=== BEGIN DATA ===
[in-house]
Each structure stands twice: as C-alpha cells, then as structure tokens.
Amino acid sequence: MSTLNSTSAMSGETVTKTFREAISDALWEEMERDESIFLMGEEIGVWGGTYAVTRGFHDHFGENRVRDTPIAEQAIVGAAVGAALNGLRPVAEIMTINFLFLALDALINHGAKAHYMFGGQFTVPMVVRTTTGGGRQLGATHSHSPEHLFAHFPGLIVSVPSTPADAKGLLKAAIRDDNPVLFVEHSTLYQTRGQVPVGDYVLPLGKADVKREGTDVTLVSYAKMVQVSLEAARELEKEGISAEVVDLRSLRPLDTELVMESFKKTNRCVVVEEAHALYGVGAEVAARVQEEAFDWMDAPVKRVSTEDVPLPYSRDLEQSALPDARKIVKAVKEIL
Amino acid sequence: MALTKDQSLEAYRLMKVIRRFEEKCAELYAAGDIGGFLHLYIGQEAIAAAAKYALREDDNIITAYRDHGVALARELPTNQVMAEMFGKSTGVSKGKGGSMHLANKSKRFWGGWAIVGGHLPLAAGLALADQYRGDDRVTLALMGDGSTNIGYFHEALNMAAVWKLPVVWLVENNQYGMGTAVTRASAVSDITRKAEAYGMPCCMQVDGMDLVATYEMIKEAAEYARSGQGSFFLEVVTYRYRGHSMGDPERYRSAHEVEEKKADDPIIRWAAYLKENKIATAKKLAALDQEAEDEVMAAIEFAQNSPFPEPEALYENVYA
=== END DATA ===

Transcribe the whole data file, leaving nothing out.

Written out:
[in-house]
Each structure stands twice: as C-alpha cells, then as structure tokens.
Amino acid sequence: MSTLNSTSAMSGETVTKTFREAISDALWEEMERDESIFLMGEEIGVWGGTYAVTRGFHDHFGENRVRDTPIAEQAIVGAAVGAALNGLRPVAEIMTINFLFLALDALINHGAKAHYMFGGQFTVPMVVRTTTGGGRQLGATHSHSPEHLFAHFPGLIVSVPSTPADAKGLLKAAIRDDNPVLFVEHSTLYQTRGQVPVGDYVLPLGKADVKREGTDVTLVSYAKMVQVSLEAARELEKEGISAEVVDLRSLRPLDTELVMESFKKTNRCVVVEEAHALYGVGAEVAARVQEEAFDWMDAPVKRVSTEDVPLPYSRDLEQSALPDARKIVKAVKEIL
Amino acid sequence: MALTKDQSLEAYRLMKVIRRFEEKCAELYAAGDIGGFLHLYIGQEAIAAAAKYALREDDNIITAYRDHGVALARELPTNQVMAEMFGKSTGVSKGKGGSMHLANKSKRFWGGWAIVGGHLPLAAGLALADQYRGDDRVTLALMGDGSTNIGYFHEALNMAAVWKLPVVWLVENNQYGMGTAVTRASAVSDITRKAEAYGMPCCMQVDGMDLVATYEMIKEAAEYARSGQGSFFLEVVTYRYRGHSMGDPERYRSAHEVEEKKADDPIIRWAAYLKENKIATAKKLAALDQEAEDEVMAAIEFAQNSPFPEPEALYENVYA